A rediscovered masterpiece by Orazio Lomi Gentileschi

The Opera della Primaziale Pisana in collaboration with the National Gallery of Umbria and the Free Academy of Caravaggio Studies, organizes from July 19 to September 19, 2018 at the Museo delle Sinopie in Pisa, the exhibition A rediscovered masterpiece by Orazio Lomi Gentileschi, The Madonna in Adoration of the Child. The exhibition is curated by Pierluigi Carofano and makes use of a scientific committee composed of Raymond Ward Bissel and Marco Pierini.

The exhibition aims to present to the general public the Madonna in adoration of the Child, a little-known painting by Horace Lomi Gentileschi (Pisa 1562 – London 1639), known in the chronicles for being the father of Artemisia, linking it to the Holy Cecilia playing the spinet of the National Gallery of Umbria and the Madonna with Jesus Sleeping Child painted by Horace in collaboration with his son Francesco.

This painting by Horace Lomi Gentileschi was entitled by historiography as a Madonna with Child Jesus, but the subject to which the work is most closely approached is that of the ‘Madonna in adoration of the Child’. But even in this case, although it may seem the most appropriate title, it is actually imprecise because in the figurative production of the Middle Ages and the Renaissance that type of iconography provides that the mother of Jesus is depicted with both hands open (as in the famous painting by Correggio of the National Gallery in London) or joined in prayer (as in the equally famous panel by Filippino Lippi at the Uffizi). In the case of the painting of Horace Lomi Gentileschi the figure of the Madonna does not correspond to a precise iconographic canon but this gesture indicates the presence of a strong inner emotion. It is not that of an adoring Madonna, but of the Mother who feels the tragedy that awaits her Son. It is easy, in fact, to grasp the attitude of ‘tragedy’ of the entire composition: the two sacred protagonists present a sad look, but not resigned, partially redeemed by the gesture of the Child who, with his right hand on his chest (with a mirrored act compared to that of the Mother), indicates towards her with the index of the left hand, to give symbolically to the Madonna, at the foot of the cross, the guide of the entire community of the faithful.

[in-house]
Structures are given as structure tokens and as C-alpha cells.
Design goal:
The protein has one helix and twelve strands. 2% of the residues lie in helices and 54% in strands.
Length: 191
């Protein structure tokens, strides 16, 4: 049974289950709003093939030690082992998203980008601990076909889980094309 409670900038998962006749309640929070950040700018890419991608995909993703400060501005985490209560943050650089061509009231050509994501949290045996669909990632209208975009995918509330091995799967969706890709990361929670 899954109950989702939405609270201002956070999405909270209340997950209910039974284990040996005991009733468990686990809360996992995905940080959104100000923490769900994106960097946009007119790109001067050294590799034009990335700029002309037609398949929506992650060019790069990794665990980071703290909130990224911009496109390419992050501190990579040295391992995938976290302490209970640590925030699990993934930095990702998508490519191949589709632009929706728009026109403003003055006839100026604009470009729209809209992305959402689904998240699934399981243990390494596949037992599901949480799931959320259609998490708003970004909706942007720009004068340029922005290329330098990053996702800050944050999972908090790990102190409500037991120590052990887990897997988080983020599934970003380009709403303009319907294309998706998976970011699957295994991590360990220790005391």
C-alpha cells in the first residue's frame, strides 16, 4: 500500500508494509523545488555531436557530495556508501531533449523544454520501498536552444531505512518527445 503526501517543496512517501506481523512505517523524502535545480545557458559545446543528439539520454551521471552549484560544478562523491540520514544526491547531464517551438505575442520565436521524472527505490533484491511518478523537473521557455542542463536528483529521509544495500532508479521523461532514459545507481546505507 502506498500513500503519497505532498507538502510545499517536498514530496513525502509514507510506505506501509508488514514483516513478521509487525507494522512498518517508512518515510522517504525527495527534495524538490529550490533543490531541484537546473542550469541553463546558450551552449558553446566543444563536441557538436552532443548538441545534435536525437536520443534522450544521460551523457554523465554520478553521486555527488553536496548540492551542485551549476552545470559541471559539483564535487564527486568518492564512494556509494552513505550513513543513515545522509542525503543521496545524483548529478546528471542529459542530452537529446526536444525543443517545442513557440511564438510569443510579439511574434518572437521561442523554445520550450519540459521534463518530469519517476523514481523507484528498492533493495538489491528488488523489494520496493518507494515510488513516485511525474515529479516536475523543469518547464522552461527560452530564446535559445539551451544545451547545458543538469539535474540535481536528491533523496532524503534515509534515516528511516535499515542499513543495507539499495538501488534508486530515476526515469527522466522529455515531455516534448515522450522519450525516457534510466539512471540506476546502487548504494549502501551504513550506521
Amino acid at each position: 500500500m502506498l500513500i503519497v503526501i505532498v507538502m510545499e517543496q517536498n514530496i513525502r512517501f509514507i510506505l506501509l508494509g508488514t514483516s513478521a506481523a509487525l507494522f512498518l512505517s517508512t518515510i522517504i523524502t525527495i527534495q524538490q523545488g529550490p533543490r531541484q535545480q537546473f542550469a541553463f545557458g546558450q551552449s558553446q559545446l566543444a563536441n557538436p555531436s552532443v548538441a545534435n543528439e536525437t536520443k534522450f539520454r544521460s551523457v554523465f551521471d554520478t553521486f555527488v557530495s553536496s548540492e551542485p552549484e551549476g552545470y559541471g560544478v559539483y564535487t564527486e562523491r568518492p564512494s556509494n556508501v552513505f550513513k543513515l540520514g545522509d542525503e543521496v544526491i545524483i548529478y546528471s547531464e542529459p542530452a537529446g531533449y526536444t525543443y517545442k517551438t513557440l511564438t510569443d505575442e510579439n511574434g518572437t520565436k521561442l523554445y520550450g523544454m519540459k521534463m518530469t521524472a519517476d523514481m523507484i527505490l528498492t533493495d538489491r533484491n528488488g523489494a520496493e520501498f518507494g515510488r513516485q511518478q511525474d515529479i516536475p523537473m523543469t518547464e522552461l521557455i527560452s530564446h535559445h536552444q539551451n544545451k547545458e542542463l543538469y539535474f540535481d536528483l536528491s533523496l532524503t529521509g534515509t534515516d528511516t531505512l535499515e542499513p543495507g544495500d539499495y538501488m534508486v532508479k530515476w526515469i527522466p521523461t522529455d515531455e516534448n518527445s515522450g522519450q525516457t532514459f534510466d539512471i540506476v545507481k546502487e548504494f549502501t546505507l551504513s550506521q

The Madonna in adoration of the Child and the Saint Cecilia playing the spinet, performed around 1618-1620, had a similar path within the studies on Orazio Lomi Gentileschi: both works have struggled to establish themselves with the scientific community as autographs of the Pisan master, in the first case for the poor visibility of the work itself, preserved in an Italian historical collection; in the second case because there is another version (with variations) in the National Gallery of Art in Washington. In recent years, thanks to the studies of Bruno Santi, Raymond Ward Bissell, Claudio Strinati, Pierluigi Carofano, Paola Caretta and Alberto Cottino, the two paintings have been recognized as autographs by Orazio Gentileschi and exhibited in exhibitions dedicated to the Pisan Master or Caravaggio subjects. The third canvas in the exhibition, the Madonna with Sleeping Child, shows well the quality of Orazio Gentileschi’s collaborators, in particular of his son Francis.

In the exhibition the three works dialogue with the sinopie of the frescoes of the Monumental Cemetery collected in the Museum that houses them. Intended to remain hidden under the work completed, the sinopia is the first phase of the fresco, is the drawing drawn on the first layer of plaster spreading a red pigment brush, the land of Sinopoe, mixed with water. A unique collection in the world that of Pisa, came to light as a result of a disastrous event, the fire fired in the cemetery under the bombing of World War II. This made it necessary to detach the frescoes from the plaster in order to recover large portions, those saved by the fire, and start their restoration. It was precisely the ‘tear’ of the pictorial film that allowed the sinopia to be revealed, the hidden part of the fresco that, with the same technique as the ‘tear’, was removed from the walls of the Cemetery and since 1979 housed in the current museum.

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